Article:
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Adams afterwards American army authority Boston British brought called Captain carried chief claimed Cloth coast colonies Columbus communal Congress continent described discovered doubt early England English existence fact Federalists feeling five followed four France French give given Governor half hand head held hundred independence Indians Island Jackson Jefferson John King known land later laws less letter lives looked March Massachusetts never North officers once original party passed peace period persons political possession President Quakers question race reached reason remains river sailed says seemed seen sent settlements ships showed side society Spanish successive thing thought thousand tion took town turned United vessels Virginia visited vote voyage Washington whole wrote York
Page 319 - The basis of our governments being the opinion of the people, the very first object should be to keep that right; and were it left to me to decide whether we should have a government without newspapers or newspapers without a government, I should not hesitate a moment to prefer the latter.
Page 156 - ... covenant and combine ourselves together into a civil body politic, for our better ordering and preservation and furtherance of the ends aforesaid; and by virtue hereof to enact, constitute and frame such just and equal laws, ordinances, acts, constitutions and offices, from time to time, as shall be thought most meet and convenient for the general good of the Colony unto which we promise all due submission and obedience.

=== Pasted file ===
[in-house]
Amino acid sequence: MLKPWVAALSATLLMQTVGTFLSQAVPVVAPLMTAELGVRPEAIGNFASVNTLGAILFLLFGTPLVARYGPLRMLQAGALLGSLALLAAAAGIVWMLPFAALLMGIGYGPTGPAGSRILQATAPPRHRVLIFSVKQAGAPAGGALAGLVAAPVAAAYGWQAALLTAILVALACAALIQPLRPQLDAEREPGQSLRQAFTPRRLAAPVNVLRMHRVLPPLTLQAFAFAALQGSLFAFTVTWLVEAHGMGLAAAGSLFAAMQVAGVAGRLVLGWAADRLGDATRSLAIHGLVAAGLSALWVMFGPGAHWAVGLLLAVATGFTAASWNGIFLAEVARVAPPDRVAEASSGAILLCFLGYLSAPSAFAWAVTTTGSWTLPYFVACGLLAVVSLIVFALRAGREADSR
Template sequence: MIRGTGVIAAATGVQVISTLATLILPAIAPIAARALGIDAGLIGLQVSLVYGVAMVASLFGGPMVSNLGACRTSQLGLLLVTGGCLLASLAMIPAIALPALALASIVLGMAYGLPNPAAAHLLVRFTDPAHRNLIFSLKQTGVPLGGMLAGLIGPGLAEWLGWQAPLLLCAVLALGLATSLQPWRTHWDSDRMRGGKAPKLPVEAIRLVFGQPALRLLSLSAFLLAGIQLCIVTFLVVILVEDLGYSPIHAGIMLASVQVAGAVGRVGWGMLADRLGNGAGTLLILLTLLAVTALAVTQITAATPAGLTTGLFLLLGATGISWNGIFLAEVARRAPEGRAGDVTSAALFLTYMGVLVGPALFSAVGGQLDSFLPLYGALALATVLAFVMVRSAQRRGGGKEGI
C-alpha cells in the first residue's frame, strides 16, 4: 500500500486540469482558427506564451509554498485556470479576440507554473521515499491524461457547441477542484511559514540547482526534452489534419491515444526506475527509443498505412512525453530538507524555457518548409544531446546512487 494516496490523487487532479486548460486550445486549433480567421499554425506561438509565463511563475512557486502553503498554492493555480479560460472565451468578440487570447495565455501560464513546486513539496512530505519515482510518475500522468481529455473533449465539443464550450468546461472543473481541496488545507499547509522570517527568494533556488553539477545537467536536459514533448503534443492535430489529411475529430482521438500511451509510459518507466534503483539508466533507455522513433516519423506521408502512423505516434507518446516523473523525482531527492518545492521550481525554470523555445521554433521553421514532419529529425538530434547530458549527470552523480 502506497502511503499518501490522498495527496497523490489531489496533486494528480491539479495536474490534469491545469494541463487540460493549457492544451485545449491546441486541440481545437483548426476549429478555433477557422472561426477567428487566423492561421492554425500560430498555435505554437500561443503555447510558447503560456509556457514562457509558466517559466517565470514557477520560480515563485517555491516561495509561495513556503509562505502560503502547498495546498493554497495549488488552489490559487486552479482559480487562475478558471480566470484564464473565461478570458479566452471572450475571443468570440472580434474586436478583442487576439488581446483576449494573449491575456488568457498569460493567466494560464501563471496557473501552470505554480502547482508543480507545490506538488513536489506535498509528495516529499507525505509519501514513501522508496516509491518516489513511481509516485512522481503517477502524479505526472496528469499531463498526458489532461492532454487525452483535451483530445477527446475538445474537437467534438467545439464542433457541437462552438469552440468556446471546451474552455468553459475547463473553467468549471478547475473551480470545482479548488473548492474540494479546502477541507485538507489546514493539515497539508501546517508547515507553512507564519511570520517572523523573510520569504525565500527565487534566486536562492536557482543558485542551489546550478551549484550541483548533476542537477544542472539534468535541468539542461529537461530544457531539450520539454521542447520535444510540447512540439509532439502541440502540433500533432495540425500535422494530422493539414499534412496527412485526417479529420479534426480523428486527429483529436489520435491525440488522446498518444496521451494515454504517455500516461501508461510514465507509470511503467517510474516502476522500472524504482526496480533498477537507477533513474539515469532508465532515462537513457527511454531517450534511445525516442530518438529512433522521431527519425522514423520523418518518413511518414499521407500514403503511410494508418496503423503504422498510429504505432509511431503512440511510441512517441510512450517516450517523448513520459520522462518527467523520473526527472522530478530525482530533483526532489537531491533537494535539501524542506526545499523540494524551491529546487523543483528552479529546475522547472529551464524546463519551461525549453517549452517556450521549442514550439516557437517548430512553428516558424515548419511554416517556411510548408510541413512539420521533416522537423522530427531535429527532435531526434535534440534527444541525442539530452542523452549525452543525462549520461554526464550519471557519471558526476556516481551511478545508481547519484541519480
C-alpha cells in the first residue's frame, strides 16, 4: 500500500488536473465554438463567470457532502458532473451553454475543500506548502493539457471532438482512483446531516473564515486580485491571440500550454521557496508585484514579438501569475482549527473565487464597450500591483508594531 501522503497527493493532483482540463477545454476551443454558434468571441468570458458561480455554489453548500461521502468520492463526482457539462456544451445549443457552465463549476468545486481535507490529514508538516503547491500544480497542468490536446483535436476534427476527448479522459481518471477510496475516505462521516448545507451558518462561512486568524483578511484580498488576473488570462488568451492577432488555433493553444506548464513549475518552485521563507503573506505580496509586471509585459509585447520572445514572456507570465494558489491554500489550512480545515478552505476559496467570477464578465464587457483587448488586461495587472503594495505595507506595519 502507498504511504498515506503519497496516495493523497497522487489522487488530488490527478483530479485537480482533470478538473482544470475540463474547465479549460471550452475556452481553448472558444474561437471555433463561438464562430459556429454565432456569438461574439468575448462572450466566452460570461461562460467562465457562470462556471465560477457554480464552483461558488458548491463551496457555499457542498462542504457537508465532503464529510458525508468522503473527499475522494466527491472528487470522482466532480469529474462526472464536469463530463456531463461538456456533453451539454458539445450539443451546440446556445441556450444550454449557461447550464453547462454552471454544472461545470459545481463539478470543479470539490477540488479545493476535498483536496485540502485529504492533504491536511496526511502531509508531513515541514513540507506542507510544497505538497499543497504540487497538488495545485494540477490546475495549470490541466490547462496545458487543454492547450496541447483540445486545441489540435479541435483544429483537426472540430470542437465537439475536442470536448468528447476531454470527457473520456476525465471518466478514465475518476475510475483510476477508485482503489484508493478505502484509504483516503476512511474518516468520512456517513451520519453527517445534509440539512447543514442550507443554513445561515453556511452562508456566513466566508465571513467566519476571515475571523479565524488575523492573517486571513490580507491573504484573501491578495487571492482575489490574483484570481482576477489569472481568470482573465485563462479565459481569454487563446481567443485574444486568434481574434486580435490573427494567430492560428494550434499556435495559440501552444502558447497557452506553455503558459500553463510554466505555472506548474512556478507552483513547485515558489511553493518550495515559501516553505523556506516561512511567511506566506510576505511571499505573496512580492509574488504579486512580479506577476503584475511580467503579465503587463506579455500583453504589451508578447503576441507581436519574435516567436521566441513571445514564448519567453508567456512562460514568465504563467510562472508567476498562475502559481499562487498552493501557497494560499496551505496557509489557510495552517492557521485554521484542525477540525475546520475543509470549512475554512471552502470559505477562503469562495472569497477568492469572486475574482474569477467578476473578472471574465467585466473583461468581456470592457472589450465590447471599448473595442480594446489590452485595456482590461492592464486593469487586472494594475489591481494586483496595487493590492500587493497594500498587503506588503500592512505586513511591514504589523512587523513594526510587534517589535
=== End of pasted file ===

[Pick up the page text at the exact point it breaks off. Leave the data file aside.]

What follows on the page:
Page 296 - Resolved, That a committee be appointed to prepare and digest the form of a confederation to be entered into between these Colonies"; which committee was appointed the next day, June 12, and consisted of a member from each Colony, namely: Mr.
Page 305 - England, sir, is a nation which still, I hope, respects, and formerly adored her freedom. The colonists emigrated from you when this part of your character was most predominant; and they took this bias and direction the moment they parted from your hands. They are, therefore, not only devoted to liberty, but to liberty according to English ideas and on English principles.
Page 156 - Virginia, do by these presents solemnly and mutually in the presence of God and one of another, covenant and combine ourselves together into a civil body politic, for our better ordering and preservation and furtherance of the ends aforesaid...
Page 155 - Being thus passed the vast ocean, and a sea of troubles before in their preparation (as may be remembered by that which went before), they had now no friends to welcome them nor inns to entertain or refresh their weatherbeaten bodies; no houses or much less towns to repair to, to seek for succour.
Page 163 - We will not say as the Separatists were wont to say at their leaving of England, Farewell, Babylon! Farewell, Rome ! but we will say, Farewell, dear England ! Farewell the Church of God in England, and all the Christian friends there...
Page 273 - You will think me transported with enthusiasm, but I am not. I am well aware of the toil, and blood and treasure, that it will cost...
Page 446 - I am in earnest. I will not equivocate — I will not excuse — I will not retreat a single inch. AND I WILL BE HEARD.